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Curr Opin Microbiol. 2017 Aug;38:156-164. doi: 10.1016/j.mib.2017.05.006. Epub 2017 Jun 15.

Toward a genetic tool development pipeline for host-associated bacteria.

Author information

1
North Carolina State University, Department of Chemical and Biomolecular Engineering, Raleigh, NC 27695, United States.
2
Tufts University, Department of Chemical and Biological Engineering, Medford, MA 02155, United States.
3
North Carolina State University, Department of Chemical and Biomolecular Engineering, Raleigh, NC 27695, United States. Electronic address: cbeisel@ncsu.edu.

Abstract

Bacteria reside in externally accessible niches on and in multicellular organisms, often forming mutualistic relationships with their host. Recent studies have linked the composition of these microbial communities with alterations in the host's health, behavior, and development, yet the causative mediators of host-microbiota interactions remain poorly understood. Advances in understanding and engineering these interactions require the development of genetic tools to probe the molecular interactions driving the structure and function of microbial communities as well as their interactions with their host. This review discusses the current challenges to rendering culturable, non-model members of microbial communities genetically tractable - including overcoming barriers to DNA delivery, achieving predictable gene expression, and applying CRISPR-based tools - and details recent efforts to create generalized pipelines that simplify and expedite the tool-development process. We use the bacteria present in the human gastrointestinal tract as representative microbiota to illustrate some of the recent achievements and future opportunities for genetic tool development.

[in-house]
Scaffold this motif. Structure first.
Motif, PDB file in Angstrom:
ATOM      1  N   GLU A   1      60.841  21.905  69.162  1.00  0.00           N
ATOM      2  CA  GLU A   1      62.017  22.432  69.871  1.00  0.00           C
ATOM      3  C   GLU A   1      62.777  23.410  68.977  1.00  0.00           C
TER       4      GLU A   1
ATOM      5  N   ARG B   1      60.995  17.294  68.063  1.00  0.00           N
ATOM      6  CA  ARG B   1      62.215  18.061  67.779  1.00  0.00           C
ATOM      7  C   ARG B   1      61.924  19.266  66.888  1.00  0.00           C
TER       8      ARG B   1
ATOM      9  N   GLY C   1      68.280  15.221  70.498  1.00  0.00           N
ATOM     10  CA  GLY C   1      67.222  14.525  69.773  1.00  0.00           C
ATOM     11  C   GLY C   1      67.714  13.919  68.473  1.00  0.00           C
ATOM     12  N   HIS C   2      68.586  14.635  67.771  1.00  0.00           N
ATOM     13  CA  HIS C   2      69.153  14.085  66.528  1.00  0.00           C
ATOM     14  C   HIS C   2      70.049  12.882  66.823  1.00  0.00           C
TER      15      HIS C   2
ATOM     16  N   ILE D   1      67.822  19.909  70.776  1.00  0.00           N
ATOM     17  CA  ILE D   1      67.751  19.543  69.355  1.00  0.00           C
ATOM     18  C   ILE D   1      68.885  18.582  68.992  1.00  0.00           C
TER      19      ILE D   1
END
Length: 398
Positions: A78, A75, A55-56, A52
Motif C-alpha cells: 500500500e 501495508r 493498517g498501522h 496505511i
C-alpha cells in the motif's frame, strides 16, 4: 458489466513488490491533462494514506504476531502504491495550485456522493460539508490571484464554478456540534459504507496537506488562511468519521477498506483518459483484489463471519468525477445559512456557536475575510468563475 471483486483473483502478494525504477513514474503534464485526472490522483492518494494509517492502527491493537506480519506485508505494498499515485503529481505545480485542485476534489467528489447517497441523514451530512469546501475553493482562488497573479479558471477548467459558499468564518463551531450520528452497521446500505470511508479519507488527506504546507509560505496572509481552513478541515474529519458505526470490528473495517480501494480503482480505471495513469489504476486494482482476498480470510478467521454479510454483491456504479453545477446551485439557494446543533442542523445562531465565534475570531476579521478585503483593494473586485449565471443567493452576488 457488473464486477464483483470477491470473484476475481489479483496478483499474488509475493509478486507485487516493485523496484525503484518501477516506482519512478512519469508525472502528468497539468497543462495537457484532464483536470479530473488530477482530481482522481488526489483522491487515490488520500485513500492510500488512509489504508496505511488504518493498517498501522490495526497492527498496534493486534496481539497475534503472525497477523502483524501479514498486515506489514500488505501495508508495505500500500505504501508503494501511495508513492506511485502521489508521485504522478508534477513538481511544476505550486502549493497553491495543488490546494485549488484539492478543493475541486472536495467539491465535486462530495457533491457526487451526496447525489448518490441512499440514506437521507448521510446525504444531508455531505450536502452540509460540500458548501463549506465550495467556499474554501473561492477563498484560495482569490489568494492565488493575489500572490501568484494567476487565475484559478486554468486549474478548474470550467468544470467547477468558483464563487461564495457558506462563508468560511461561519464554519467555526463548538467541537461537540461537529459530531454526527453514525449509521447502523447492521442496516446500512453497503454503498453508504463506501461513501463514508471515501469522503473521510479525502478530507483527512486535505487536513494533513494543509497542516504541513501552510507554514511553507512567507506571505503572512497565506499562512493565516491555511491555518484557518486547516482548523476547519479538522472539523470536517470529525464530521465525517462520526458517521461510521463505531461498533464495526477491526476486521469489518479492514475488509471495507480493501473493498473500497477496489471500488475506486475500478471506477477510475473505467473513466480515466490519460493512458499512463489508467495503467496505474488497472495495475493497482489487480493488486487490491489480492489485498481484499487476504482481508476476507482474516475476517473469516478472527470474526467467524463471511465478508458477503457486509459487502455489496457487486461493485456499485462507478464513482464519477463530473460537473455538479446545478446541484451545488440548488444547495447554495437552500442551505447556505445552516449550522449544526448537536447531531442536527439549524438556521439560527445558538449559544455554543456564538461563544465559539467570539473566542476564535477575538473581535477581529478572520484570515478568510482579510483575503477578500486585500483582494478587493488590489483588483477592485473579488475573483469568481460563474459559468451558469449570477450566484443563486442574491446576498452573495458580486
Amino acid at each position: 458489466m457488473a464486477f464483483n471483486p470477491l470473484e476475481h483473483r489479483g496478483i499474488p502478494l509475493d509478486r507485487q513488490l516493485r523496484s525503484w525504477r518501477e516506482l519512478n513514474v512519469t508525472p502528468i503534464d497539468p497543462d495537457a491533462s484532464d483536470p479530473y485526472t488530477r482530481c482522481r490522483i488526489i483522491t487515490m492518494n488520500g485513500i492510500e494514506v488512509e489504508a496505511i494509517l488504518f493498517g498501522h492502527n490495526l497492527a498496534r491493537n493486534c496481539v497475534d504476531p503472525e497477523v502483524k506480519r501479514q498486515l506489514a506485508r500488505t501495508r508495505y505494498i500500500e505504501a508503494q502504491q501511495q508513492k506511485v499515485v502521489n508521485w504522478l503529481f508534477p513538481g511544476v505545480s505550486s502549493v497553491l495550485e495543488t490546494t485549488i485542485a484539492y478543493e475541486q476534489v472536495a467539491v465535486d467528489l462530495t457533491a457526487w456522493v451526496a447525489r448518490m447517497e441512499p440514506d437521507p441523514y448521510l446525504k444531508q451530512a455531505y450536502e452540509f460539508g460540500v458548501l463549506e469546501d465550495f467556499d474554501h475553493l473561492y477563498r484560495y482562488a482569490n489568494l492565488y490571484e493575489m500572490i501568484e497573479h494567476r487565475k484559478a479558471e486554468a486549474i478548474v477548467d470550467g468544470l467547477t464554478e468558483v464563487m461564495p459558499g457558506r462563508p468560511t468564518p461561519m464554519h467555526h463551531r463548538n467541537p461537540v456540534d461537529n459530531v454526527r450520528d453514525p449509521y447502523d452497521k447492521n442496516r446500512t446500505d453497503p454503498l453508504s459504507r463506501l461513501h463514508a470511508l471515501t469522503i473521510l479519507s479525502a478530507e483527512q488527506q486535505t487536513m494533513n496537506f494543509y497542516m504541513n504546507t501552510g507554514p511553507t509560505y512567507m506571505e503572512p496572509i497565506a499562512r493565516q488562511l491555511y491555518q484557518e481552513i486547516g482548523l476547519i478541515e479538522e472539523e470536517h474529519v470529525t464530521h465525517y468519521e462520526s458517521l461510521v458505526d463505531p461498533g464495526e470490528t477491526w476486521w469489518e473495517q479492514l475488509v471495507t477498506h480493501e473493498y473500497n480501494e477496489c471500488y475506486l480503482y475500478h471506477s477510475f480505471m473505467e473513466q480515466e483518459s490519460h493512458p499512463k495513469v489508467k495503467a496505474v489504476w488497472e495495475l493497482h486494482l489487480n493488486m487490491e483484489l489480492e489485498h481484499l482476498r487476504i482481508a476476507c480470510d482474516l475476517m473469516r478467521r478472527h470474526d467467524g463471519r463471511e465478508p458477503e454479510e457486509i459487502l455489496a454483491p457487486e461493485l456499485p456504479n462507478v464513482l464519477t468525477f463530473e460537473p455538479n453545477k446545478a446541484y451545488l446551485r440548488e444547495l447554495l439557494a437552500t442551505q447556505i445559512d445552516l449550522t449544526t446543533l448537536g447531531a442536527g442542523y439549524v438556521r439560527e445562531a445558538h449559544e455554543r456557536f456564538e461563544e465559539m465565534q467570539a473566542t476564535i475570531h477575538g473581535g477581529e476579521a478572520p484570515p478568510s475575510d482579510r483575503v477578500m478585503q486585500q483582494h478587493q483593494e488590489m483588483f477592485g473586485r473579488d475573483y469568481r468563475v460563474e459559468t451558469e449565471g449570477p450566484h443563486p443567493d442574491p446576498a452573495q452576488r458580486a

PMID:
28624690
PMCID:
PMC5705416
DOI:
10.1016/j.mib.2017.05.006
[Indexed for MEDLINE]
Free PMC Article

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